Kuppuswami Ayyar, J.
1. The question for consideration in this appeal is whether a petition is maintainable by an assignee decree-holder to realise the amount payable by a purchaser in execution of a decree who failed to deposit the initial 25 per cent, of the sale price as required by Order 21, Rule 84, Civil Procedure Code, and who has to make good the deficiency of price caused by the property being re-sold for a lesser amount. The appellant was the purchaser at the sale held on 3rd February, 1942, in execution of the decree in O.S. No. 10 of 1923 on the file of the Subordinate Judge of Sivaganga. She failed to deposit 25 per cent of the price with the result that the property was again sold the next day for Rs. 30,550, the sale to the appellant being for Rs. 32,000. The property was first brought to sale at the instance of the decree-holder, one Chidambaram Chetty. On 18th January, 1942, he had assigned the decree to one Annamalai Chetty who was not brought on record as the assignee decree-holder. After the sale Annamalai assigned the decree to the present respondent Vadugunathan Chetty on 23rd February, 1942, and it was he who filed a petition for collecting the amount from the appellant. Vadugunathan has been recognised as the assignee decree-holder by the Court which passed the decree.
2. Order 21, Sub-rule 71 of the Civil Procedure Code states that any deficiency of price which may happen on a re-sale by reason of purchaser's default and all expenses attending such re-sale shall be certified to the Court or to the Collector as the case may be and shall, at the instance of either the decree-holder or the judgment-debtor, be recoverable from the defaulting purchaser. The appellant's contention is that as the respondent was only an assignee decree-holder he could not file a petition under Order 21, Rule 71. The word ' decree-holder ' includes an assignee decree-holder and it is only in the exercise of his right to have the decree executed for realising the amount due under the decree that the decree-holder can file a petition under Order 21, Rule 71. If the decree is otherwise satisfied he will not be entitled to take out execution under Order 21, Rule 71 but the judgment-debtor can. The deficiency in the sale price is really an amount due to the judgment-debtor from out of which the assignee decree-holder seeks to recover the decree-amount. Viewed in this light, the petition under Order 21, Rule 71 which was only a petition in execution of the decree, could be filed either by the decree-holder or by the assignee decree-holder for recovery of the amount due to him under the decree. The fact that the assignment to Annamalai was prior to the sale does not affect the question. It is not a separate right which is claimed independently of his right, to execute under the decree; it is only in execution of the decree for the purpose of realising the decree amount that the sum payable to the judgment-debtor as the deficiency in the sale price is sought to be proceeded against. As a matter of fact, that such money is the property of the judgment-debtor is clear from the decision in Sree Mahant Prayag Doss v. Rajah of Kalahasti I.L.R. (1925) Mad. 570. It was there held that other decree-holders also would be entitled to rateable distribution out of this amount, viz., the deficiency in the price, which could be had only on the basis that the amount belonged to the judgment-debtor. It is true that it was held in that case that other decree-holders who applied for rateable distribution of the amount in deposit could not file a petition under Order 21, Rule 71. That was because they were not holders of the decree in execution of which the property was brought to sale. The respondent here is an assignee of the very decree in execution of which this property was put up for sale and the purchaser failed to make the statutory deposit. In these circumstances the learned Judge was justified in finding that the application by the respondent was maintainable.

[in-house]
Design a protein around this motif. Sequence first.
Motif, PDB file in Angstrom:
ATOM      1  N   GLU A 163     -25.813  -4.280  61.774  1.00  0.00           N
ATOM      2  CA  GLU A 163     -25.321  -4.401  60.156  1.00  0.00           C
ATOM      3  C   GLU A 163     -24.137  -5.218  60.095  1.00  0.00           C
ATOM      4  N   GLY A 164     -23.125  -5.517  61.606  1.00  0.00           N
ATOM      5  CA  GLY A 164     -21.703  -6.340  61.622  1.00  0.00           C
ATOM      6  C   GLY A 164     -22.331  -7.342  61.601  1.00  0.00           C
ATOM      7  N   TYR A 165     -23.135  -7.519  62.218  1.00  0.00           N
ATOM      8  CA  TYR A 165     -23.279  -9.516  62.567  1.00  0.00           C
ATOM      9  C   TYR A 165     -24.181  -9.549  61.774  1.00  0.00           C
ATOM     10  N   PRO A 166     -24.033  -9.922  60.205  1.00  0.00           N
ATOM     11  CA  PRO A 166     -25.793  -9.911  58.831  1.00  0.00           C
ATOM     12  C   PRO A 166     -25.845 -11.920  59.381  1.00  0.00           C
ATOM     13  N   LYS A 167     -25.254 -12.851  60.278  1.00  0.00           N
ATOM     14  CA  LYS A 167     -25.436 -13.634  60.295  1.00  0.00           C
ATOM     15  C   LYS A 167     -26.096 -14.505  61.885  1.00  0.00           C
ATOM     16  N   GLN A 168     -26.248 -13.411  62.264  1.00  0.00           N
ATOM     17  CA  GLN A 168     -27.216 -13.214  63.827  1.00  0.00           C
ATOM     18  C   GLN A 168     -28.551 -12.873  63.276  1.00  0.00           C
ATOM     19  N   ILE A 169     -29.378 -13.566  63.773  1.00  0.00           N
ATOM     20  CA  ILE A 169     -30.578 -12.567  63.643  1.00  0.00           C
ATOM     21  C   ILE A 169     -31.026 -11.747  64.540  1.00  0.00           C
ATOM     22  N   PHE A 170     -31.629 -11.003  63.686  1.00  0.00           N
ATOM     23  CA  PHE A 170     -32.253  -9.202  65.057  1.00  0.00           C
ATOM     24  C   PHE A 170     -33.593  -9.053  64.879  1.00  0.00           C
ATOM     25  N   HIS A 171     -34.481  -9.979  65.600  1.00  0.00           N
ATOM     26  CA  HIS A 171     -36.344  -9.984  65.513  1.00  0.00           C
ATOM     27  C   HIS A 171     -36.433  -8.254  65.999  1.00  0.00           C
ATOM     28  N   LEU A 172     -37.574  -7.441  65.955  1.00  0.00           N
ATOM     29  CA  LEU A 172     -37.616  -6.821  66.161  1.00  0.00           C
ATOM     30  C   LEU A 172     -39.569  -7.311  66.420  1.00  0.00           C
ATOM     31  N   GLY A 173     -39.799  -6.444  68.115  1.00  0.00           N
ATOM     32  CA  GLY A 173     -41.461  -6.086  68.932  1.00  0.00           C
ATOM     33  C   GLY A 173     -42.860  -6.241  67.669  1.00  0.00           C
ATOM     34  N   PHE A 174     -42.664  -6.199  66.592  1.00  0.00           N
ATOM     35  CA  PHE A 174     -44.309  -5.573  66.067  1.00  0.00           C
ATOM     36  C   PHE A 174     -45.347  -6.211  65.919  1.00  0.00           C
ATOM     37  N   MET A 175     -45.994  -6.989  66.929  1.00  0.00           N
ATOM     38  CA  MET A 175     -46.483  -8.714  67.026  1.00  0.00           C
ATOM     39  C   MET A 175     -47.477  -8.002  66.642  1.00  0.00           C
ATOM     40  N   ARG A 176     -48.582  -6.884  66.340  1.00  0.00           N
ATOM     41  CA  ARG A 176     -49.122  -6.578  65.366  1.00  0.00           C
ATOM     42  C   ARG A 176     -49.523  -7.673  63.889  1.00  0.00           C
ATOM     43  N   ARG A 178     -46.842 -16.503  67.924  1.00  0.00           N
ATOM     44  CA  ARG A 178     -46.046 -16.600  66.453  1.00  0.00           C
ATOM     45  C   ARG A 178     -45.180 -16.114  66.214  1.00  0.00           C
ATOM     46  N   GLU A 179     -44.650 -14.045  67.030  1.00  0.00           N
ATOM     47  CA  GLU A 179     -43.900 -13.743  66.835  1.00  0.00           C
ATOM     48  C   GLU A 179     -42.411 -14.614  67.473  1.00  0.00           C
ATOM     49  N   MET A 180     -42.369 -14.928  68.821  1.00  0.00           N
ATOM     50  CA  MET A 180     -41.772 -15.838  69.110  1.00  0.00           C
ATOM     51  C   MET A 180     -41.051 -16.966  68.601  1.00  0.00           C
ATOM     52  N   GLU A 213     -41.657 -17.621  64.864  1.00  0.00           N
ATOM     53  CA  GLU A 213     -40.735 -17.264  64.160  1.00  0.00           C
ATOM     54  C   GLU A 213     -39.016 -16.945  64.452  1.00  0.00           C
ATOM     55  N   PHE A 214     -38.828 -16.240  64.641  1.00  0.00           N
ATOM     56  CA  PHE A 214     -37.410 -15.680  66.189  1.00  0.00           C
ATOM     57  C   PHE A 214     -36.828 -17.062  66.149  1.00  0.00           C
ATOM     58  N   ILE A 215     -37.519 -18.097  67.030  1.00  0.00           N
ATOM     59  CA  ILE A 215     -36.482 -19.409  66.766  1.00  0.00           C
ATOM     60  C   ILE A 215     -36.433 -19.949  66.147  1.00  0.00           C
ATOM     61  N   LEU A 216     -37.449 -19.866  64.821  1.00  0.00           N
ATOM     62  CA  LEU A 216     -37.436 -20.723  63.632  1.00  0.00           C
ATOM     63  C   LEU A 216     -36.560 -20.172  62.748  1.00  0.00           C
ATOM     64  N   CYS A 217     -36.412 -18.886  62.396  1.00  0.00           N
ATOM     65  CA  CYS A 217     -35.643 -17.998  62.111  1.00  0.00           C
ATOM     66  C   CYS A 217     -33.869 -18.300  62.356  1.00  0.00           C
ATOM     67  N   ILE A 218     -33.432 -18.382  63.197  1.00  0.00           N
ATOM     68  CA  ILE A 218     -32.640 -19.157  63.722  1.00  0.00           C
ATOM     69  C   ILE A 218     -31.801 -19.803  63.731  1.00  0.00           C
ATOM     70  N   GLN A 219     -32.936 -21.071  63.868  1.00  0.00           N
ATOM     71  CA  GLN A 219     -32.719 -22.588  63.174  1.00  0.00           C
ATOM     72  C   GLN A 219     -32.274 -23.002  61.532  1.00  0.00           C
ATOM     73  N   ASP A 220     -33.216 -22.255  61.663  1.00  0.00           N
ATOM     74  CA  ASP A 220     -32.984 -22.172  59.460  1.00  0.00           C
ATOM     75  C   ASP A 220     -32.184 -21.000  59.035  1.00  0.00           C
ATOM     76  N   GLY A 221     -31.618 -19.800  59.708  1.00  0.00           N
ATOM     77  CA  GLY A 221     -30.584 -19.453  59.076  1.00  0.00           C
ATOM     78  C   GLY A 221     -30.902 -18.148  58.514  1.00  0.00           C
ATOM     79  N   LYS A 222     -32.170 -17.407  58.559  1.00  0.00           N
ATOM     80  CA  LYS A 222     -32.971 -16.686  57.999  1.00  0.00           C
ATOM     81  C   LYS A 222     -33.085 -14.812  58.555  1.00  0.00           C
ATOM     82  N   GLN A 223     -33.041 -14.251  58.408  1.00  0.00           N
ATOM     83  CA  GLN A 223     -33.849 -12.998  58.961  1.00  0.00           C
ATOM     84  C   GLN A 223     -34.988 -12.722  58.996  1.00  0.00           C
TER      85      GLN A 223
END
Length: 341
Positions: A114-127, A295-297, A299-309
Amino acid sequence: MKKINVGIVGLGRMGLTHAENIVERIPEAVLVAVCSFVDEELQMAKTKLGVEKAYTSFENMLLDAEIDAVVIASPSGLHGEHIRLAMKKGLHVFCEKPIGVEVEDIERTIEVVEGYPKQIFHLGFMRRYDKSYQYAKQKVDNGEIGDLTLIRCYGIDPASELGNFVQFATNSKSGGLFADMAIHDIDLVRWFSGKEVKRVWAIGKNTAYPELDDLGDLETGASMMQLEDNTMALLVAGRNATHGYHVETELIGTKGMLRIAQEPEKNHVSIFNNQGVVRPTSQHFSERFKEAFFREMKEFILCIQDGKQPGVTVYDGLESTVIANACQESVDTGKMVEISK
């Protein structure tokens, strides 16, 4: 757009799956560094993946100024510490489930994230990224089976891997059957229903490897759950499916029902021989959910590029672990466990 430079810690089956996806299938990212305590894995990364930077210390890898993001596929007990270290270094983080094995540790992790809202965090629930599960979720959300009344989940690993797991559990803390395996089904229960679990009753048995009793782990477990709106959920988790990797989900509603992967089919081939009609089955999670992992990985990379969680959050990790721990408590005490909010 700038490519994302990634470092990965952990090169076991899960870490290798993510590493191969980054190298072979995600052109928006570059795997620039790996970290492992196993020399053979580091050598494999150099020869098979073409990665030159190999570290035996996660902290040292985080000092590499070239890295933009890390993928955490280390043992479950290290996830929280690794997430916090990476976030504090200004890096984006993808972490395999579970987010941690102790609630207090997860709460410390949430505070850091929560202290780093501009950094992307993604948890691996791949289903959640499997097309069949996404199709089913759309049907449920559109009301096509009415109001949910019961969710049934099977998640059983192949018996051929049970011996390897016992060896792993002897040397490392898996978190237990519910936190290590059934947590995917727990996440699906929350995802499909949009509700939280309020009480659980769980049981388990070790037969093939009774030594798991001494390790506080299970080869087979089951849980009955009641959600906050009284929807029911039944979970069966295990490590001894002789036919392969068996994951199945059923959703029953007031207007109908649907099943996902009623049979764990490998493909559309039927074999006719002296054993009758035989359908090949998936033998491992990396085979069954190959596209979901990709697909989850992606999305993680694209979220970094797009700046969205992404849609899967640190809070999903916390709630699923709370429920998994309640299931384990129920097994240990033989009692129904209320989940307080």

3. The appeal is accordingly dismissed with costs.